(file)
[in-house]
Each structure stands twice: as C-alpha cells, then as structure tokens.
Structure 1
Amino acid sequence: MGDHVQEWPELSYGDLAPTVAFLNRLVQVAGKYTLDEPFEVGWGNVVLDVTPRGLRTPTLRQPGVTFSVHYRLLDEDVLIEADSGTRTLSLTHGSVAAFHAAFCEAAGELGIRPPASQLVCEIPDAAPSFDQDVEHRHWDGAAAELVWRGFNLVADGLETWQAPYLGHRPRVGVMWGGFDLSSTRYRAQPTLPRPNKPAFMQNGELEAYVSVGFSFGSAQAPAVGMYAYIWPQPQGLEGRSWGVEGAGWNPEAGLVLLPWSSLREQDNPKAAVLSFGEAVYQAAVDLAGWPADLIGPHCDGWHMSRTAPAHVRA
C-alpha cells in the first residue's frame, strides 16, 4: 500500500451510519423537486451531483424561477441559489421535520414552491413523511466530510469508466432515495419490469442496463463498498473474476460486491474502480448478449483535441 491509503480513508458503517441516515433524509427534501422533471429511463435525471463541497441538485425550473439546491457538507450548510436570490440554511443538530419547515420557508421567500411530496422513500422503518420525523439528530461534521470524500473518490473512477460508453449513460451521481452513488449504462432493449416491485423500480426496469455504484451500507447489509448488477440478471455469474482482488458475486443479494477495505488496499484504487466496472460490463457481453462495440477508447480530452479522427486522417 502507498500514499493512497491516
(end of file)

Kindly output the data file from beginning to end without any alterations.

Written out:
[in-house]
Each structure stands twice: as C-alpha cells, then as structure tokens.
Structure 1
Amino acid sequence: MGDHVQEWPELSYGDLAPTVAFLNRLVQVAGKYTLDEPFEVGWGNVVLDVTPRGLRTPTLRQPGVTFSVHYRLLDEDVLIEADSGTRTLSLTHGSVAAFHAAFCEAAGELGIRPPASQLVCEIPDAAPSFDQDVEHRHWDGAAAELVWRGFNLVADGLETWQAPYLGHRPRVGVMWGGFDLSSTRYRAQPTLPRPNKPAFMQNGELEAYVSVGFSFGSAQAPAVGMYAYIWPQPQGLEGRSWGVEGAGWNPEAGLVLLPWSSLREQDNPKAAVLSFGEAVYQAAVDLAGWPADLIGPHCDGWHMSRTAPAHVRA
C-alpha cells in the first residue's frame, strides 16, 4: 500500500451510519423537486451531483424561477441559489421535520414552491413523511466530510469508466432515495419490469442496463463498498473474476460486491474502480448478449483535441 491509503480513508458503517441516515433524509427534501422533471429511463435525471463541497441538485425550473439546491457538507450548510436570490440554511443538530419547515420557508421567500411530496422513500422503518420525523439528530461534521470524500473518490473512477460508453449513460451521481452513488449504462432493449416491485423500480426496469455504484451500507447489509448488477440478471455469474482482488458475486443479494477495505488496499484504487466496472460490463457481453462495440477508447480530452479522427486522417 502507498500514499493512497491516